Making Book Publishing ‘Author-Centric’
Self-publishing can empower authors, and B2P plans to give the industry—and its business practices—a makeover.
From an interview with B2P's founder, Eric Beebe.
“Before starting my book publishing companies, Bee Squared Publishing and Post Mortem Press, I investigated the self-publishing world and small press because I wanted to self-publish my own book. What I discovered is that many ‘vanity presses’ require authors to print large quantities and pay in bulk. Why choose this route when you can print on demand at a lower cost?
“When I published an academic work, I realized how simple it could be. I leveraged what I learned in grad school, along with skills from my 20-year career in market research, to develop a business model for a self-publishing press. My model is designed to empower authors and give them an instant return on their investment.
“First, I launched Bee Squared Publishing, a self-publishing imprint for business, academic, and nonfiction works. Next came Post Mortem Press, which publishes fiction and novels. It is different from Bee Squared because it isn’t a self-publishing house. We filter what we publish. Despite their differences, both imprints run on what I like to think of as an author-centric business philosophy.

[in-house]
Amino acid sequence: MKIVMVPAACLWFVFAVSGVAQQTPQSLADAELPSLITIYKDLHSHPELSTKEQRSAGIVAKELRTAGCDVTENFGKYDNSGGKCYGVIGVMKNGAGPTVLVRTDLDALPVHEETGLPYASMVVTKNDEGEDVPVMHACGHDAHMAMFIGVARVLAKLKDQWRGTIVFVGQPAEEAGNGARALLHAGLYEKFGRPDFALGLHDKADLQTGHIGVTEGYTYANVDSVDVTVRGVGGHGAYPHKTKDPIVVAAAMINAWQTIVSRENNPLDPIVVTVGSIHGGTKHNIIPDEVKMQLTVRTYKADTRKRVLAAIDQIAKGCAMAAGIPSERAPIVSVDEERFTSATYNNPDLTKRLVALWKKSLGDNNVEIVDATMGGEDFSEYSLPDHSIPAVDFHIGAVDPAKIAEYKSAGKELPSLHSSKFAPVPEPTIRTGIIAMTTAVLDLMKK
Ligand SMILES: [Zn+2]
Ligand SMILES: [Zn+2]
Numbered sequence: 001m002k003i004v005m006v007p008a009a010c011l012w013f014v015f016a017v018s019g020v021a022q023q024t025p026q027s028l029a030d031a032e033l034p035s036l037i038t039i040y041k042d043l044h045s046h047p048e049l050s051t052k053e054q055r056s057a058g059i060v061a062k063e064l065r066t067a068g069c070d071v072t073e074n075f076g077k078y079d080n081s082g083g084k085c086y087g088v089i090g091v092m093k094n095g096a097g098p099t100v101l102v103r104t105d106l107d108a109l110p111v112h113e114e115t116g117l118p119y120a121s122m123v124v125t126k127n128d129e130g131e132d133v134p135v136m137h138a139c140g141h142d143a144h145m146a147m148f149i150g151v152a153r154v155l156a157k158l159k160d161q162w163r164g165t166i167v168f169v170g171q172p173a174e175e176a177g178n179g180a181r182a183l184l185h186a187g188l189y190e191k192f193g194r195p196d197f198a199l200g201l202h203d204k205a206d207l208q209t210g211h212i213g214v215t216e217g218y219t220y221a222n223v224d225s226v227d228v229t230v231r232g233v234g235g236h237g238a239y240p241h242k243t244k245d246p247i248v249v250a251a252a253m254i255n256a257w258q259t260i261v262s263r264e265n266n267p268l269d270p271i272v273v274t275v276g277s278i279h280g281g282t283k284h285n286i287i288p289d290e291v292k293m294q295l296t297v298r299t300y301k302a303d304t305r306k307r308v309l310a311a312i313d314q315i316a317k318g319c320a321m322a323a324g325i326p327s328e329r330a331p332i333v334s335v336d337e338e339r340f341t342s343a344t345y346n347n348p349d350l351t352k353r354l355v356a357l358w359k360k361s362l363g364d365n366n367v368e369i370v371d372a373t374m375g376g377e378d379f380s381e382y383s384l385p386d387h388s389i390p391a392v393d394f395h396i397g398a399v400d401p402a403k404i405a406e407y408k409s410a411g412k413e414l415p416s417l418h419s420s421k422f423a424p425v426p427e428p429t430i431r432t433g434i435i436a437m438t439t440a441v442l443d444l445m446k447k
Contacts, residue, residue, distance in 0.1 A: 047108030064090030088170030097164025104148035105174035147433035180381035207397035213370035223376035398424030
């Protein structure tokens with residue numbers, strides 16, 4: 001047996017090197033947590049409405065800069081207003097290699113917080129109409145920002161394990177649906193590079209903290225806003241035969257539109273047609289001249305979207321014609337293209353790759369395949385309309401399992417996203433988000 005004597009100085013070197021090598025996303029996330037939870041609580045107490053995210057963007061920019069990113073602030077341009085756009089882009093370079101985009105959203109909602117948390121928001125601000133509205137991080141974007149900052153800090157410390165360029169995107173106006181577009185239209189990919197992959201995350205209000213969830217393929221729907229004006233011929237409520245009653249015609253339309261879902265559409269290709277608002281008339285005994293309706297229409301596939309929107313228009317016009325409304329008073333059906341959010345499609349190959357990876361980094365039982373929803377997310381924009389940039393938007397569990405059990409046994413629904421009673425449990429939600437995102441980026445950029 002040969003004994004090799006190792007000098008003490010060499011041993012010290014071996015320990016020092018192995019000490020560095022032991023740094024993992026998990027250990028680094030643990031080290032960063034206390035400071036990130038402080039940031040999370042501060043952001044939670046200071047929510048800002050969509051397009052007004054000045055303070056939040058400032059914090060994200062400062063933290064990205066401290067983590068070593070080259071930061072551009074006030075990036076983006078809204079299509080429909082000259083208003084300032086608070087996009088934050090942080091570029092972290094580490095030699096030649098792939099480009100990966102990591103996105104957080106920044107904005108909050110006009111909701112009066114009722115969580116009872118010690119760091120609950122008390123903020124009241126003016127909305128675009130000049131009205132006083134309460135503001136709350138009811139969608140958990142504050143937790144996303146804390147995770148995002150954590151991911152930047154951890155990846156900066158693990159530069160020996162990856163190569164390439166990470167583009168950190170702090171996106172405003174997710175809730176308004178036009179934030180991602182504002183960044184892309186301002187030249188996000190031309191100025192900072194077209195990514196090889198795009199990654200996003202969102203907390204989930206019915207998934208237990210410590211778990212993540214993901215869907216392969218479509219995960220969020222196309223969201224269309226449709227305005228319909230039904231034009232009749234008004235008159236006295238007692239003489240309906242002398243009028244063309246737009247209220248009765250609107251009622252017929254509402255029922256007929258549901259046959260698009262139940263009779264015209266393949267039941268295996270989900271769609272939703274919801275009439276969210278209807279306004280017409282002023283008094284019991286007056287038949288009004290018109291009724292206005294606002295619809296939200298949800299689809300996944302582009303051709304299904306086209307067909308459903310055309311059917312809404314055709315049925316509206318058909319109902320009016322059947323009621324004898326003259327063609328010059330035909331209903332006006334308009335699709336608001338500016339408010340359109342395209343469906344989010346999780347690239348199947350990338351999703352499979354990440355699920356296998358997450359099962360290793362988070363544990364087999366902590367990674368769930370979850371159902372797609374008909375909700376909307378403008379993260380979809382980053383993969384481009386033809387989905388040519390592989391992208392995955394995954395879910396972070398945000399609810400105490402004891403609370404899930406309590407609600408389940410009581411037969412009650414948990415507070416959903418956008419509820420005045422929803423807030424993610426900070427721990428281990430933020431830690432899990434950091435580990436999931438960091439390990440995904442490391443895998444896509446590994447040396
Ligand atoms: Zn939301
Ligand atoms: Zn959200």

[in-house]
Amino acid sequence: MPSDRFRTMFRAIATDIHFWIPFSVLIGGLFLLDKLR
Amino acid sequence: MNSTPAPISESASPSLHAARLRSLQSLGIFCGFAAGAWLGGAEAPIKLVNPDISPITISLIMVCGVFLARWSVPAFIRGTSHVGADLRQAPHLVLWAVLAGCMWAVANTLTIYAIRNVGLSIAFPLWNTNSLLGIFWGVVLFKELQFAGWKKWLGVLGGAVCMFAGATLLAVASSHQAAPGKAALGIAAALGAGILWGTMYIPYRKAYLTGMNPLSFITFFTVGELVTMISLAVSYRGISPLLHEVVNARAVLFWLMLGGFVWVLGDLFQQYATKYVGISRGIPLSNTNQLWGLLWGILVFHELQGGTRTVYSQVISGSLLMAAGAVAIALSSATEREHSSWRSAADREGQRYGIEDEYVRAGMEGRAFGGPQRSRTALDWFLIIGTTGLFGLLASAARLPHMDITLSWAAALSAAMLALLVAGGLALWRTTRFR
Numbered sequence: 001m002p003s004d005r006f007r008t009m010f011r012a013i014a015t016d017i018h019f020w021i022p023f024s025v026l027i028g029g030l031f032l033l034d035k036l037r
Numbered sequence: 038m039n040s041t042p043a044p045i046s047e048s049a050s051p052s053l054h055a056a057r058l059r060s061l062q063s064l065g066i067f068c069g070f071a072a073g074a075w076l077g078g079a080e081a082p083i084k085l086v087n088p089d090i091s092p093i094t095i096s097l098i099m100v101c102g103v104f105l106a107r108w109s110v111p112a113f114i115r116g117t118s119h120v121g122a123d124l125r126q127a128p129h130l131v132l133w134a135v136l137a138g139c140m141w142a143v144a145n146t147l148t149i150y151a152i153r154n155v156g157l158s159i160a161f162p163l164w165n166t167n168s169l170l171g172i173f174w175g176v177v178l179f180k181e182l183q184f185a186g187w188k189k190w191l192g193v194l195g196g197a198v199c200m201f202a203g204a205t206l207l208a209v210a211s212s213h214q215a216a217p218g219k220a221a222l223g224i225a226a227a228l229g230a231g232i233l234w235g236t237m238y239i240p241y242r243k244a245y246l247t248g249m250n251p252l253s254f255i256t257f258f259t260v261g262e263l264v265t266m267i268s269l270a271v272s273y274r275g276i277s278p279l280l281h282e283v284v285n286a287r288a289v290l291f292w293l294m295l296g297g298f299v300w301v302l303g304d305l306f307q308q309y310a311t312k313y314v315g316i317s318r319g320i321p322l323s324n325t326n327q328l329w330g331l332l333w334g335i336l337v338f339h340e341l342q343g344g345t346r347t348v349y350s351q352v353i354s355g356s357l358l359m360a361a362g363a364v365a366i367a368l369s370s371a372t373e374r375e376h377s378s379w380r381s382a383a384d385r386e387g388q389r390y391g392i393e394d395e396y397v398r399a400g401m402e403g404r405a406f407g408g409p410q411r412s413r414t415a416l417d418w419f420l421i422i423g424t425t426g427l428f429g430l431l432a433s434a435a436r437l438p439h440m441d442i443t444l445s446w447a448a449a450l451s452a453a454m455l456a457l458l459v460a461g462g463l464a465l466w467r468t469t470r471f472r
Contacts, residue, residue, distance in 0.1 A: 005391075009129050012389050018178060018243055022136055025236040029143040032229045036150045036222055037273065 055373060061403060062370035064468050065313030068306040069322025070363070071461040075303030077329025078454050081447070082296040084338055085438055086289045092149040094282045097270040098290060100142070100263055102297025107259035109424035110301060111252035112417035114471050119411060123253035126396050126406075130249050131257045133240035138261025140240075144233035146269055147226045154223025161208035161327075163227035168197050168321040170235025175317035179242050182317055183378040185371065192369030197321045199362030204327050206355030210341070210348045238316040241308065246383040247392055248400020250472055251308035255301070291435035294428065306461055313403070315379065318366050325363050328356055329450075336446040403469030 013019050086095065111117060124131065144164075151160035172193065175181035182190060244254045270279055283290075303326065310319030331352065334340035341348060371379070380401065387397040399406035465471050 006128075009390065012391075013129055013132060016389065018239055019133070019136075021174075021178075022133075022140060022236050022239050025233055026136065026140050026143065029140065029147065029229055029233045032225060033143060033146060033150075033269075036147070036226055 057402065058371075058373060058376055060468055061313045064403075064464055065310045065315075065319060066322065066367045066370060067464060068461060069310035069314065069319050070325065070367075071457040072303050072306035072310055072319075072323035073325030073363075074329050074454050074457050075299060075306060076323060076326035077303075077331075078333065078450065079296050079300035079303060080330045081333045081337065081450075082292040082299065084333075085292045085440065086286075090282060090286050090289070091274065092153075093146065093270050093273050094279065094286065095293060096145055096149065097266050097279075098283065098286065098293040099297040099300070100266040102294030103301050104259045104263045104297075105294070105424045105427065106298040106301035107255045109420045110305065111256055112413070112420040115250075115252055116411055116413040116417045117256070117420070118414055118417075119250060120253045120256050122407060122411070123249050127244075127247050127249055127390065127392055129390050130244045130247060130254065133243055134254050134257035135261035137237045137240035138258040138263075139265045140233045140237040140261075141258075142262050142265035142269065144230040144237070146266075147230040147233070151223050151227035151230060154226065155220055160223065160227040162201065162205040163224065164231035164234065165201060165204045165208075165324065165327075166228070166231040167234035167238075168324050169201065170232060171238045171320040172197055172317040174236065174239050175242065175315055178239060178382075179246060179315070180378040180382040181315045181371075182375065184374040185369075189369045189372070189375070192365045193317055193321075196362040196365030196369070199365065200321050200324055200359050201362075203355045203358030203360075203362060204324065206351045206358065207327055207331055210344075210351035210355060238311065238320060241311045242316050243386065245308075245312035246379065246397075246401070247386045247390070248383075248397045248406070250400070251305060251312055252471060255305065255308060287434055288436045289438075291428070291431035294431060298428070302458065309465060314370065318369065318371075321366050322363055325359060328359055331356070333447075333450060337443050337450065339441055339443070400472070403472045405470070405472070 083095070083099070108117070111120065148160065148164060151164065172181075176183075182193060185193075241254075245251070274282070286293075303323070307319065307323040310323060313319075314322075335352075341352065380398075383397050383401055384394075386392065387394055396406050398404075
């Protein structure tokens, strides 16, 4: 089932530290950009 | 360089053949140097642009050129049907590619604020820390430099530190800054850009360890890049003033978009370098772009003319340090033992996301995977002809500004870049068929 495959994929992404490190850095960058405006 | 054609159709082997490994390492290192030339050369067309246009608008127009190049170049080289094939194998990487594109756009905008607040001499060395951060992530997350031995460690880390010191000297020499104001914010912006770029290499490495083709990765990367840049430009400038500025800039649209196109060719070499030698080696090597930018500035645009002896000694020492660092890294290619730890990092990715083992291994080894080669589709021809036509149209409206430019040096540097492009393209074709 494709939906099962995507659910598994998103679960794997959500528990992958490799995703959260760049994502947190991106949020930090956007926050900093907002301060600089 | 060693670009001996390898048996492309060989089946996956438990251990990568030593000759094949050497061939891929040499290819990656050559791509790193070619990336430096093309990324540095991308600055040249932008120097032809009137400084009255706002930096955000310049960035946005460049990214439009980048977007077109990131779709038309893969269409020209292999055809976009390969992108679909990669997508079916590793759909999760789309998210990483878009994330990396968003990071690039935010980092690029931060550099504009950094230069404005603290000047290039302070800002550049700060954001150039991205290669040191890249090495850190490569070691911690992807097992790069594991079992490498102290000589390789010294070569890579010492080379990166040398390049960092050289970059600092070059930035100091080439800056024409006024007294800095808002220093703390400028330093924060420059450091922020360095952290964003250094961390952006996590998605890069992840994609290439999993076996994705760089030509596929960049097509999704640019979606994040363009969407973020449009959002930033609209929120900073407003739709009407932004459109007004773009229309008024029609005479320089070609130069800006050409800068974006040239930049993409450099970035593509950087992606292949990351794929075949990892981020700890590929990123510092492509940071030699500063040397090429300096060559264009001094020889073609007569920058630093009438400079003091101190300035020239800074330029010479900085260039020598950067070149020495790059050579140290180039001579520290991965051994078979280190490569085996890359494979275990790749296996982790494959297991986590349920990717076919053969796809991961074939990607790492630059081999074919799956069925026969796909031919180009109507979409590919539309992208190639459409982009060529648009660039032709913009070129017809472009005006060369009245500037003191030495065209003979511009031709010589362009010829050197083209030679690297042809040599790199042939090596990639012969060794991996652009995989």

“During my time in corporate America, I worked in outsourcing. One thing I learned is that many first-line managers are ill-prepared to handle the outsourcing of their teams. I started writing a book about helping managers handle the change.
“In the process of researching ways to self-publish my book, I learned that some of the big-name self-publishing houses literally take thousands of dollars from clients and in return offer very little, sometimes only a single free copy and the right to purchase more at a minimal discount. I found such practices distasteful. That is exactly why I created my own model.”
“Bee Squared’s self-publishing model balances out authors’ initial investments by giving them enough books to recoup expenses. It’s an unusual practice; some publishers don’t pay new authors until the title has repaid the initial investment costs.
“I’ve discovered that the business model I developed could be applied to school fundraising as well. I plan to launch a third imprint in 2012. Its working title is Teacher’s Pet. I have six children, so you can probably imagine the number of PTA fundraisers I’ve attended. Think about it. What would grandparents rather buy: a book that features their grandchild’s story or a box of chocolates?
“Self-publishing should offer authors an instant return on their investments. That’s how my models work.”